2019 - Rhoda and Bernard Sarnat International Prize in Mental Health, National Academy of Medicine
1999 - Member of the National Academy of Medicine (NAM)
His primary areas of study are Neuroscience, Prefrontal cortex, Schizophrenia, Psychosis and Working memory. His study in Neuroscience concentrates on Dorsolateral prefrontal cortex, Functional magnetic resonance imaging, Dopamine, Amygdala and Hippocampus. The various areas that Daniel R. Weinberger examines in his Prefrontal cortex study include Genetics, Frontal lobe, Catechol-O-methyl transferase, Internal medicine and Wisconsin Card Sorting Test.
His work deals with themes such as Cerebral blood flow, Cognition, Hypofrontality and Genetic association, which intersect with Schizophrenia. His Psychosis study combines topics in areas such as Cerebral cortex, Postmortem studies and Bipolar disorder. His biological study spans a wide range of topics, including Functional neuroimaging, Neuroimaging, Functional imaging and Functional specialization.
His scientific interests lie mostly in Neuroscience, Schizophrenia, Prefrontal cortex, Psychosis and Internal medicine. His Neuroscience research focuses on Working memory, Cognition, Dopamine, Functional magnetic resonance imaging and Hippocampus. His Cognition research includes elements of Developmental psychology and Clinical psychology.
His Schizophrenia research is within the category of Psychiatry. His Prefrontal cortex research incorporates themes from Frontal lobe, Wisconsin Card Sorting Test and Catechol-O-methyl transferase. His Internal medicine study integrates concerns from other disciplines, such as Endocrinology and Cardiology.
His main research concerns Neuroscience, Schizophrenia, Genetics, Schizophrenia and Genome-wide association study. His works in Prefrontal cortex, Working memory, Dopamine, Hippocampal formation and Brain mapping are all subjects of inquiry into Neuroscience. His Prefrontal cortex research incorporates elements of Developmental psychology, Aggression and Bioinformatics.
Daniel R. Weinberger has researched Schizophrenia in several fields, including Bipolar disorder, Dopamine receptor D2, Dorsolateral prefrontal cortex, Internal medicine and Functional magnetic resonance imaging. His Internal medicine research is multidisciplinary, incorporating elements of Endocrinology, Psychosis and Oncology. His work investigates the relationship between Schizophrenia and topics such as Cognition that intersect with problems in Clinical psychology and Genetic variation.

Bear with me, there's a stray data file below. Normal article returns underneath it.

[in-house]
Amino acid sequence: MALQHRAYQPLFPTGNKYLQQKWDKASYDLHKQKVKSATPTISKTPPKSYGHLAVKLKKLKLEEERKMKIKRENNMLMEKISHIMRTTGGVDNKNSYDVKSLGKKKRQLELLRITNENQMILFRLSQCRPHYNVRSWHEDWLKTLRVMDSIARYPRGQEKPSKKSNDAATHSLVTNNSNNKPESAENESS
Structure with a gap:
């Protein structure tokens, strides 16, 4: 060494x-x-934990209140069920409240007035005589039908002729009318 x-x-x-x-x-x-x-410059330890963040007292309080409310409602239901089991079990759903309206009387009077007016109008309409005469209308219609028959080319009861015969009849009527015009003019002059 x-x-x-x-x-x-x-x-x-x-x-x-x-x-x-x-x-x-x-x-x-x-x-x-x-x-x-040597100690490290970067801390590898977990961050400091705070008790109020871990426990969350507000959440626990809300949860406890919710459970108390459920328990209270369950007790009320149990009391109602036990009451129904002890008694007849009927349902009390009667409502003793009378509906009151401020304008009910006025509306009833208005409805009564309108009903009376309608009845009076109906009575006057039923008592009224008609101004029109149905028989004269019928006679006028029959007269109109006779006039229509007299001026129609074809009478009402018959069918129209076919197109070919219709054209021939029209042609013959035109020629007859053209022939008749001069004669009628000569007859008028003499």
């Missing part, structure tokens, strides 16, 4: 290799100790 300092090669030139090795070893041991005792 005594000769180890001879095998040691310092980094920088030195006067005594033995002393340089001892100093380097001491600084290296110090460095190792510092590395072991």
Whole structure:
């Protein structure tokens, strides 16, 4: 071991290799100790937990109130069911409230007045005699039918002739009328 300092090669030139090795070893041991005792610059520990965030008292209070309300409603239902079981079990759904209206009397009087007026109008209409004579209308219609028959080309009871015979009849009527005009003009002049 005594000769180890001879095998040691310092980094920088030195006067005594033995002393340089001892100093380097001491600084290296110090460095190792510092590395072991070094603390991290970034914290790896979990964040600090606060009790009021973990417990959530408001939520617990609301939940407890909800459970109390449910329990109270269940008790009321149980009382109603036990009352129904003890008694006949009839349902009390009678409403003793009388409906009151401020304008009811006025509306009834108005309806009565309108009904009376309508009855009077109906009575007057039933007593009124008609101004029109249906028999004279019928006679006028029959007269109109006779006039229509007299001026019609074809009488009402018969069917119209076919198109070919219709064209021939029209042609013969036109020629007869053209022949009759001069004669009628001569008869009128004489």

His main research concerns Schizophrenia, Neuroscience, Genome-wide association study, Genetics and Prefrontal cortex. Daniel R. Weinberger has included themes like Offspring, Internal medicine, Pathogenesis, Cognition and Anxiety in his Schizophrenia study. The study incorporates disciplines such as Psychosis and Psychopathology in addition to Internal medicine.
Daniel R. Weinberger combines subjects such as Antipsychotic and Neuregulin with his study of Neuroscience. His study explores the link between Genetics and topics such as Disease that cross with problems in Human genome and Phenotype. His study focuses on the intersection of Prefrontal cortex and fields such as Dopamine with connections in the field of Psychomotor disorder and Sensory gating.
This overview was generated by a machine learning system which analysed the scientist’s body of work. If you have any feedback, you can contact us here.
Implications of normal brain development for the pathogenesis of schizophrenia
Daniel R. Weinberger.
Archives of General Psychiatry (1987)
Biological insights from 108 schizophrenia-associated genetic loci
Stephan Ripke;Stephan Ripke;Benjamin M. Neale;Benjamin M. Neale;Aiden Corvin;James T. R. Walters.
The BDNF val66met polymorphism affects activity-dependent secretion of BDNF and human memory and hippocampal function
Michael F. Egan;Masami Kojima;Masami Kojima;Joseph H. Callicott;Terry E. Goldberg.
Effect of COMT Val108/158 Met genotype on frontal lobe function and risk for schizophrenia.
Michael F. Egan;Terry E. Goldberg;Bhaskar S. Kolachana;Joseph H. Callicott.
Proceedings of the National Academy of Sciences of the United States of America (2001)
Serotonin Transporter Genetic Variation and the Response of the Human Amygdala
Ahmad R. Hariri;Venkata S. Mattay;Alessandro Tessitore;Bhaskar Kolachana.
Physiologic dysfunction of dorsolateral prefrontal cortex in schizophrenia. I. Regional cerebral blood flow evidence.
Daniel R. Weinberger;Karen Faith Berman;Ronald F. Zec.
Archives of General Psychiatry (1986)
Schizophrenia genes, gene expression, and neuropathology: on the matter of their convergence.
P J Harrison;D R Weinberger.
Molecular Psychiatry (2005)
Remission in Schizophrenia: Proposed Criteria and Rationale for Consensus
Nancy C. Andreasen;William T. Carpenter;John M. Kane;Robert A. Lasser.
American Journal of Psychiatry (2005)
5-HTTLPR polymorphism impacts human cingulate-amygdala interactions: a genetic susceptibility mechanism for depression
Lukas Pezawas;Andreas Meyer-Lindenberg;Emily M Drabant;Beth A Verchinski.
Nature Neuroscience (2005)
The MATRICS Consensus Cognitive Battery, Part 1: Test Selection, Reliability, and Validity
Keith H. Nuechterlein;Michael F. Green;Robert S. Kern;Lyle E. Baade.
American Journal of Psychiatry (2008)
Profile was last updated on December 6th, 2021.
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